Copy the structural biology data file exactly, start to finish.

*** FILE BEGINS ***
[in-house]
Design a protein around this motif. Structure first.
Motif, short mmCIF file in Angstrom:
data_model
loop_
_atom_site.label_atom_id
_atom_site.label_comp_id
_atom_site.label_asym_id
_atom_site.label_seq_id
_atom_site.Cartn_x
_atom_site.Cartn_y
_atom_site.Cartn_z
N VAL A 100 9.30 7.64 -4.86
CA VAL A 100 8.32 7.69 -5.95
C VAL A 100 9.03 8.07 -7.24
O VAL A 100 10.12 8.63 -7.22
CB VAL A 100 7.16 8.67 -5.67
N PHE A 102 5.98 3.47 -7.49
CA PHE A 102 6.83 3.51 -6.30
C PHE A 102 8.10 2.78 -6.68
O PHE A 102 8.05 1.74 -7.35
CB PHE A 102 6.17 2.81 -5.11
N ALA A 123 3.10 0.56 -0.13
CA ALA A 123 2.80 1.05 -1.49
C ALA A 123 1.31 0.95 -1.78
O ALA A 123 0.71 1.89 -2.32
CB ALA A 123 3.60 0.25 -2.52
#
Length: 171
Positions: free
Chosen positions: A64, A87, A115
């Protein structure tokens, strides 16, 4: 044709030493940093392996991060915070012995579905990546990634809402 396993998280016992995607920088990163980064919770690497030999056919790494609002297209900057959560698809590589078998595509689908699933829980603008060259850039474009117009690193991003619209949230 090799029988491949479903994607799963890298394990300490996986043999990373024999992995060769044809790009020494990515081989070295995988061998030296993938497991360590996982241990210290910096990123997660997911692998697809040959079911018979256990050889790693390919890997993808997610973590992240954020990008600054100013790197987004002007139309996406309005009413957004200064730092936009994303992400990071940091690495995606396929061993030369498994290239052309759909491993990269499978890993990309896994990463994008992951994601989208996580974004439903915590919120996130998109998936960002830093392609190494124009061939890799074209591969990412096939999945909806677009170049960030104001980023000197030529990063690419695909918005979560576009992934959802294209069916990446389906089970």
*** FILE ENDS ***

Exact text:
[in-house]
Design a protein around this motif. Structure first.
Motif, short mmCIF file in Angstrom:
data_model
loop_
_atom_site.label_atom_id
_atom_site.label_comp_id
_atom_site.label_asym_id
_atom_site.label_seq_id
_atom_site.Cartn_x
_atom_site.Cartn_y
_atom_site.Cartn_z
N VAL A 100 9.30 7.64 -4.86
CA VAL A 100 8.32 7.69 -5.95
C VAL A 100 9.03 8.07 -7.24
O VAL A 100 10.12 8.63 -7.22
CB VAL A 100 7.16 8.67 -5.67
N PHE A 102 5.98 3.47 -7.49
CA PHE A 102 6.83 3.51 -6.30
C PHE A 102 8.10 2.78 -6.68
O PHE A 102 8.05 1.74 -7.35
CB PHE A 102 6.17 2.81 -5.11
N ALA A 123 3.10 0.56 -0.13
CA ALA A 123 2.80 1.05 -1.49
C ALA A 123 1.31 0.95 -1.78
O ALA A 123 0.71 1.89 -2.32
CB ALA A 123 3.60 0.25 -2.52
#
Length: 171
Positions: free
Chosen positions: A64, A87, A115
């Protein structure tokens, strides 16, 4: 044709030493940093392996991060915070012995579905990546990634809402 396993998280016992995607920088990163980064919770690497030999056919790494609002297209900057959560698809590589078998595509689908699933829980603008060259850039474009117009690193991003619209949230 090799029988491949479903994607799963890298394990300490996986043999990373024999992995060769044809790009020494990515081989070295995988061998030296993938497991360590996982241990210290910096990123997660997911692998697809040959079911018979256990050889790693390919890997993808997610973590992240954020990008600054100013790197987004002007139309996406309005009413957004200064730092936009994303992400990071940091690495995606396929061993030369498994290239052309759909491993990269499978890993990309896994990463994008992951994601989208996580974004439903915590919120996130998109998936960002830093392609190494124009061939890799074209591969990412096939999945909806677009170049960030104001980023000197030529990063690419695909918005979560576009992934959802294209069916990446389906089970």